Things are looking fine.  The buildup in inventory is a small concern at present; let’s see if it is just temporary.


China’s economy is weak:  “For 2016, Chinese exports dropped 7.7 percent on-year, the worst fall since 2009, according to Reuters. Imports declined 5.5 percent. That left the world’s second-largest economy with a 2016 trade surplus of $509.96 billion. In yuan terms, 2016 exports dropped 2 percent on-year, while imports picked up 0.6 percent.”


In Europe, fear of deflation is vanishing, and that is good.  What made the Great Depression so bad was the deflation.  As prices fall, there is no incentive to buy now, rather the incentive is to NOT BUY now, since you will probably be able to buy an item at a lower price later.  Already slow economic activity stops; you only buy necessities.  That is why a little inflation is desirable.  Plus, you can always kill inflation, just raise interest rates until business activity slows, like Fed Chairman Paul Volker did in the late ‘70’s and early ‘80’s.  The cure for deflation is more complex.  The Fed can print money and make it available at low interest rates like we have done recently, but consumer confidence must be positive so that people feel secure enough to go buy a big item like a car.  The Fed cannot make a consumer confident that his job will be there long enough to pay off his car note.

IT WAS telling that Germany, a country with a phobia of rising prices, in the first week of 2017 reported a jump in inflation. Its headline rate rose from 0.8% to 1.7% in December. After two years of unusually low price pressures, inflation across the rich world is set to revive this year. Much of this is because of the oil price, which fell below $30 a barrel in the early months of 2016 but has recently risen above $50 (see chart). Underlying inflation, too, seems poised to drift up. That is good news. The story for 2017 is not of inflation running too hot but rather of a welcome easing of fears of deflation.”


Technical Analysis:

The rally is on hold.  It will probably remain on hold through the inauguration from a sentiment perspective, but earnings season has begun and that will drive the market for now.  JP Morgan, Bank of America and Wells Fargo all beat earnings expectations and gave good guidance for 2017, so we’re off to a good start.  The earnings beat did not drive their stock price, as the banks have already had a huge surge in their stock prices, based on higher interest rates in 2017, and an expected expansion in their “Net Interest Margin”, the difference between the rates they borrow at vs. lend at.  Higher rates allow the banks to expand the NIM and their profits.

The banks are mostly domestic, so we have not seen the impact of the dollar surge for multi-nationals.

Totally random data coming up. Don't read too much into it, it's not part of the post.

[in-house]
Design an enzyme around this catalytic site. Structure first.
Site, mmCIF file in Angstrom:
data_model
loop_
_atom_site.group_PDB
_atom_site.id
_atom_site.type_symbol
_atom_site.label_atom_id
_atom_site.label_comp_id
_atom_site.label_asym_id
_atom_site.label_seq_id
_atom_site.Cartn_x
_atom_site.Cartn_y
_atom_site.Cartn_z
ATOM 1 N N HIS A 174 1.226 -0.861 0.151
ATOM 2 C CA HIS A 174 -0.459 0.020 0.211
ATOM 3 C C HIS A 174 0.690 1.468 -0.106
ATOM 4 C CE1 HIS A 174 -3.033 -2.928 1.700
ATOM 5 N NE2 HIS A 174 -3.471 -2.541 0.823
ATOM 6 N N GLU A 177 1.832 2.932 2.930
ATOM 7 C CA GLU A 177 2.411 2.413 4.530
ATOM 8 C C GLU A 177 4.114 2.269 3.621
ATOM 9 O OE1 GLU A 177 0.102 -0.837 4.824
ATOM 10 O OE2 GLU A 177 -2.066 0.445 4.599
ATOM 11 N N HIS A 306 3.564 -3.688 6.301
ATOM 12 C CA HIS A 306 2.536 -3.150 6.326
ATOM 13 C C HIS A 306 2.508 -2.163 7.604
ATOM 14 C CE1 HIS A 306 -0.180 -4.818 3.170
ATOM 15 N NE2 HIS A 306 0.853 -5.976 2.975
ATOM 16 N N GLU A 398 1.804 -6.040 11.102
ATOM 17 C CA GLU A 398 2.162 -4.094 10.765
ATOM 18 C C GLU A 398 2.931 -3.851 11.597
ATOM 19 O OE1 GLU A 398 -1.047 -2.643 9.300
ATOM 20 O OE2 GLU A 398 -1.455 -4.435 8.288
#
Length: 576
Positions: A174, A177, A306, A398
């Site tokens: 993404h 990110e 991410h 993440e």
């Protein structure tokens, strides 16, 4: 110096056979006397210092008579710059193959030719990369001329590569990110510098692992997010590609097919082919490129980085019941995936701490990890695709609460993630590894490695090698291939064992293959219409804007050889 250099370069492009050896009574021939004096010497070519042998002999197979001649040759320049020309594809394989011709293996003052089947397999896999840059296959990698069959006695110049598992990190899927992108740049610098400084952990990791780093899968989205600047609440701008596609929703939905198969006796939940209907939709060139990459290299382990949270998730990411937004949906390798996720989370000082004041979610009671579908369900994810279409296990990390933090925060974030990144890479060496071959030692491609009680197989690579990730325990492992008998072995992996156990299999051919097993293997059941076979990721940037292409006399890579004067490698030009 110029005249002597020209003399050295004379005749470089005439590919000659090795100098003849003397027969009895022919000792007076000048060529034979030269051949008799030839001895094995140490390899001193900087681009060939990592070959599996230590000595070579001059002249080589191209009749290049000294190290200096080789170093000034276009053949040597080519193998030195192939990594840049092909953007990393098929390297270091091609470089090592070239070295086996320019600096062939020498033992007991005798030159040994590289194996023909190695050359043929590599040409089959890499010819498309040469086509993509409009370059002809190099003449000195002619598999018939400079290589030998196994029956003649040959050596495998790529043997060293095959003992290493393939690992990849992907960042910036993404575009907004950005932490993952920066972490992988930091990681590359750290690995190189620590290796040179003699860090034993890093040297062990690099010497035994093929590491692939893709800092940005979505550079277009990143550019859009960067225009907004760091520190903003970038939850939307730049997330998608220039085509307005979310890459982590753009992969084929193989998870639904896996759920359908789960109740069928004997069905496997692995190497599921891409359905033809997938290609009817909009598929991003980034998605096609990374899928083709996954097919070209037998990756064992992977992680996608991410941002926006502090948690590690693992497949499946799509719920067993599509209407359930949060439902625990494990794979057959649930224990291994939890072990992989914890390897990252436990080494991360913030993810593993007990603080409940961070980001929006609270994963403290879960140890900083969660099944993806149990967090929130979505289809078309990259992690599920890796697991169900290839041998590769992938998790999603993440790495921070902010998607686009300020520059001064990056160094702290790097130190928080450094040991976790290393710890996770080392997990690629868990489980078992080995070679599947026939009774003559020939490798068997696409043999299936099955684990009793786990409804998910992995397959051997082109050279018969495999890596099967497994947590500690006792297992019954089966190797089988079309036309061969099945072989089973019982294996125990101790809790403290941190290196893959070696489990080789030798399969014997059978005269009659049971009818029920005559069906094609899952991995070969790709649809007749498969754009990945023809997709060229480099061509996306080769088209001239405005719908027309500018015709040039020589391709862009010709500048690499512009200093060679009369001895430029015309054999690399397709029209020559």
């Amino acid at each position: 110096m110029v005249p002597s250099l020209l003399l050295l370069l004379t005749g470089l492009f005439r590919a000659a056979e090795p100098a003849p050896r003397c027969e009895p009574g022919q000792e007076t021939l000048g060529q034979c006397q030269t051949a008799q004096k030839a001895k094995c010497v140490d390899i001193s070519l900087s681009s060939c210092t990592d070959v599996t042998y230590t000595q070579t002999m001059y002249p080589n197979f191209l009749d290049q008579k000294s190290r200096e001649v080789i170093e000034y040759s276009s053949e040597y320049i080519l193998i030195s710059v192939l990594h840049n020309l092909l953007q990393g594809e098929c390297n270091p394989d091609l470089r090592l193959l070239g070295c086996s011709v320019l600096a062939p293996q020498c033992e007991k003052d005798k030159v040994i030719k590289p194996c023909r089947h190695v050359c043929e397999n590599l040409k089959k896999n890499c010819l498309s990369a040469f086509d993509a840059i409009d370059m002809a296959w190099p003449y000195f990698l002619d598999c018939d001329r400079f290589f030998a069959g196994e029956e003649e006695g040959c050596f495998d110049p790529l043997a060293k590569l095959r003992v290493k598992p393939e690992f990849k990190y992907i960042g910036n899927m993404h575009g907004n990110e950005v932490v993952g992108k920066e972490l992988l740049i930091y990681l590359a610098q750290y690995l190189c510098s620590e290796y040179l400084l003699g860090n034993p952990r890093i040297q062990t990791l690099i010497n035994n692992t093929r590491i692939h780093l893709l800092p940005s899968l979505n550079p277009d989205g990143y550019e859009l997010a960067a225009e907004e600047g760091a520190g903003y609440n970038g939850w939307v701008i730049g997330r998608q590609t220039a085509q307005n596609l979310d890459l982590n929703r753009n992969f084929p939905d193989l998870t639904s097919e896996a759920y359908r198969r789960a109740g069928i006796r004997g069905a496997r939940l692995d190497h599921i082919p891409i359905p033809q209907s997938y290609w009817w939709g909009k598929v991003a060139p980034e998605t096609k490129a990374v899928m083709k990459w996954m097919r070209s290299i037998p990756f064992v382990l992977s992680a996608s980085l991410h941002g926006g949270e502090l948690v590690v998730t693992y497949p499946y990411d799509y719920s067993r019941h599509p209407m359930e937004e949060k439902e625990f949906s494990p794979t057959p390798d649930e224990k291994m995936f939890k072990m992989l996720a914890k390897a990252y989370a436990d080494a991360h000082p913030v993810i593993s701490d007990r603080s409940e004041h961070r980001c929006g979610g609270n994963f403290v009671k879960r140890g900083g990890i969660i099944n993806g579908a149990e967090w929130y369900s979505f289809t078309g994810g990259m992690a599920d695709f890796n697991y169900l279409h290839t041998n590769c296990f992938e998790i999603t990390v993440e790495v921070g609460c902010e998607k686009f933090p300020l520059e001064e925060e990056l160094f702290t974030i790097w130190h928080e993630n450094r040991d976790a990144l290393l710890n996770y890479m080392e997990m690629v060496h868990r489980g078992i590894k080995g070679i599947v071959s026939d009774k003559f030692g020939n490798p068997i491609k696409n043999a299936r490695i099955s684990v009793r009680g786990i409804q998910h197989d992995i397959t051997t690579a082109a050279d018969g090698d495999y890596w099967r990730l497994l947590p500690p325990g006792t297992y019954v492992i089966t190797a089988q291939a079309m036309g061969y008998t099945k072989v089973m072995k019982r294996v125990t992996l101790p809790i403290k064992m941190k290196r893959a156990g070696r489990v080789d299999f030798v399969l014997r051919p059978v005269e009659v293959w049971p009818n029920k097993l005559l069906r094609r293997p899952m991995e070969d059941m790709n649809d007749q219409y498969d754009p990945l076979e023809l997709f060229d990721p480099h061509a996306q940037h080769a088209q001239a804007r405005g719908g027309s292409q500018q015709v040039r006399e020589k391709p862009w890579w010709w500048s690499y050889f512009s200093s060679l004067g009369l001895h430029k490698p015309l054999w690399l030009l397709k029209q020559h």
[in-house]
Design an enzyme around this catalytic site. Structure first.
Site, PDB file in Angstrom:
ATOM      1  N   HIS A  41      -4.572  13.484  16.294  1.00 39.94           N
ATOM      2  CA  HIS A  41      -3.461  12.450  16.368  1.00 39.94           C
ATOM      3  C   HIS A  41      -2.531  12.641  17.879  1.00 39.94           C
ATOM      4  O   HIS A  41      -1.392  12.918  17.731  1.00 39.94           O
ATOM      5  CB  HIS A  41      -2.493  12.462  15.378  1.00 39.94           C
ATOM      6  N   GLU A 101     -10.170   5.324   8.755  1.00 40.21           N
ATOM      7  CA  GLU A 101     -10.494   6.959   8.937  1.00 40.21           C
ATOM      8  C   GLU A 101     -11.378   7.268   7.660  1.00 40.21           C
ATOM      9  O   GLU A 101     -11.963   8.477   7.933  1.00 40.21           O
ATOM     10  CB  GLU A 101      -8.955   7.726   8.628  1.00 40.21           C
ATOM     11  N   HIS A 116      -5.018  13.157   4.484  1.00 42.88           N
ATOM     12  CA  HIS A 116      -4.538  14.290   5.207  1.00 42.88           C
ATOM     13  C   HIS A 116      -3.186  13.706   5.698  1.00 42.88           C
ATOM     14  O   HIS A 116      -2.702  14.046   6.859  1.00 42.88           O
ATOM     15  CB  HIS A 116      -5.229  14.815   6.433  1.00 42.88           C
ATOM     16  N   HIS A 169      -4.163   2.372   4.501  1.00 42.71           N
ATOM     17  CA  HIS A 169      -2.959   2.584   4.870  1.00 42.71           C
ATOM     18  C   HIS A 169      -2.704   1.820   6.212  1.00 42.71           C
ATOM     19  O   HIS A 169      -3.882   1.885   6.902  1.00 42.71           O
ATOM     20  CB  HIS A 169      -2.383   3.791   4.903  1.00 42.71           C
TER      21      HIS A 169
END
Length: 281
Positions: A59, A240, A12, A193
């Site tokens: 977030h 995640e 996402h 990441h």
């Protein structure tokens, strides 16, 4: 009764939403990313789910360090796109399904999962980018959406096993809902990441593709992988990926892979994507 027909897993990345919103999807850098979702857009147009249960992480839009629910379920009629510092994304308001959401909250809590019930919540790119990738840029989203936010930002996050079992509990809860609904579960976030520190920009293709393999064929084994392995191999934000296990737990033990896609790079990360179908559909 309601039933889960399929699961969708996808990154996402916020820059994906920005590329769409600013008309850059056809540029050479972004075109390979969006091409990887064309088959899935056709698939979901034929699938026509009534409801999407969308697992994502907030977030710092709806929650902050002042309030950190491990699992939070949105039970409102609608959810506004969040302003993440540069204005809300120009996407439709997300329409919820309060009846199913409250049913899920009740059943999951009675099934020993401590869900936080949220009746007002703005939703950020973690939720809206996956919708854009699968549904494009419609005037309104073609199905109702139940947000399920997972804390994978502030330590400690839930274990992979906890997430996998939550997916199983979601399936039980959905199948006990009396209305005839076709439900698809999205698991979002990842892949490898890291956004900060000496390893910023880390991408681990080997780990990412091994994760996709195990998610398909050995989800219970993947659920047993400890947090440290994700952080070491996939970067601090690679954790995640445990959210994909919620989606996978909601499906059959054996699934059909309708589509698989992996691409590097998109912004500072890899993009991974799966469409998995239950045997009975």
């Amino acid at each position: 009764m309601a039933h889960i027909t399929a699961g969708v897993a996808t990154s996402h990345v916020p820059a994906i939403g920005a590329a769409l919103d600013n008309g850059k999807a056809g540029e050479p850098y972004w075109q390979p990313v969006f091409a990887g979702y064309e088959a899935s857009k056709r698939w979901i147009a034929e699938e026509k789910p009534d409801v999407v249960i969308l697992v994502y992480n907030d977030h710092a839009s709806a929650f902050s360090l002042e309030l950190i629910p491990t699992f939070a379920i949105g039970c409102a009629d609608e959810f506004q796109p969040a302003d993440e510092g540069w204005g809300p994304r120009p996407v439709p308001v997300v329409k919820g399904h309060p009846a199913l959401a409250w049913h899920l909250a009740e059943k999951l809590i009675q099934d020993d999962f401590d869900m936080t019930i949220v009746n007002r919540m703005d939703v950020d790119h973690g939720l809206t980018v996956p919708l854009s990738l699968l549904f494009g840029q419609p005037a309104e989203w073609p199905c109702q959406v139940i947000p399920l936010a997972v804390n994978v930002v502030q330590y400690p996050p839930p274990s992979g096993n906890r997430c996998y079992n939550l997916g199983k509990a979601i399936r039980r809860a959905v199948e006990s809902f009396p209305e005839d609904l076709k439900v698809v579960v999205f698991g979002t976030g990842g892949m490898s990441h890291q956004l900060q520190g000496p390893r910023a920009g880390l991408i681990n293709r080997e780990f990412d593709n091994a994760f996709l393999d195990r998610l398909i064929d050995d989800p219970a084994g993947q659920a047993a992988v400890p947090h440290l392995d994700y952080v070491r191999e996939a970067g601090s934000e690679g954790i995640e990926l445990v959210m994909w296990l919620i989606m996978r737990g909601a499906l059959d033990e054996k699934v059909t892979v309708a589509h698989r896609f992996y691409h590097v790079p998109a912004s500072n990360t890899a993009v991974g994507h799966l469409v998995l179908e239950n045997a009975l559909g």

I’m looking at nice profits on the fallen angels I bought early in the Trump rally, FB and AMZN.  I have high ball sell orders on them.

Technically, as far as buying the SPY, I’m waiting for a better entry point.  RSI is moderately high at 60 and MACD is trending down.  After the inauguration, the honeymoon will end.  Will Trump end up fighting Republicans in congress over tariffs (probably)?  When the multi-nationals start reporting earnings, how much will the strong dollar impact them?


If you enjoy these updates, please tell your friends and family who are interested in the stock market about this blog.

Your comments and questions are always appreciated, so feel free to comment using the “Leave a Comment” feature just under the title of the post!

Rich Comeau, Rich Investing

Dow, S&P and Nasdaq set new highs

Updating each Saturday.  The monthly “Long Term” update will be on a Wednesday soon after the 15th of each month.  You can always scroll down a few weeks and find the latest “Long Term” update.


ISM’s manufacturing index had a very strong December. The composite index hits Econoday’s high estimate at 54.7, up a sharp 1.5 points from November for the best score in 2 years.  Motor vehicles sold at a much stronger-than-expected 18.5 million annualized rate which is a new cycle high.  U.S. consumers set nine-year high for December spending according to Gallup’s consumer spending measure. The $105 daily average for the month tops December 2015’s $99 and is the highest for any month since $114 in May 2008.  The small handful of chain stores that continue to report monthly sales are reporting mostly lower sales in December (The belief is that their loss is Amazon’s gain, not that retail sales are slowing).    Seven states had to be estimated and holiday weeks are always difficult to adjust for, but initial jobless claims in the December 31 week are strikingly low, down 28,000 to 235,000.  Hiring is less active but new orders are unusually strong in December’s ISM non-manufacturing report where the index, at 57.2, matches November as 2016’s best.  Factory orders fell 2.4 percent in November but were actually up 0.1 percent when excluding transportation equipment and a 94 percent monthly downswing in commercial aircraft orders.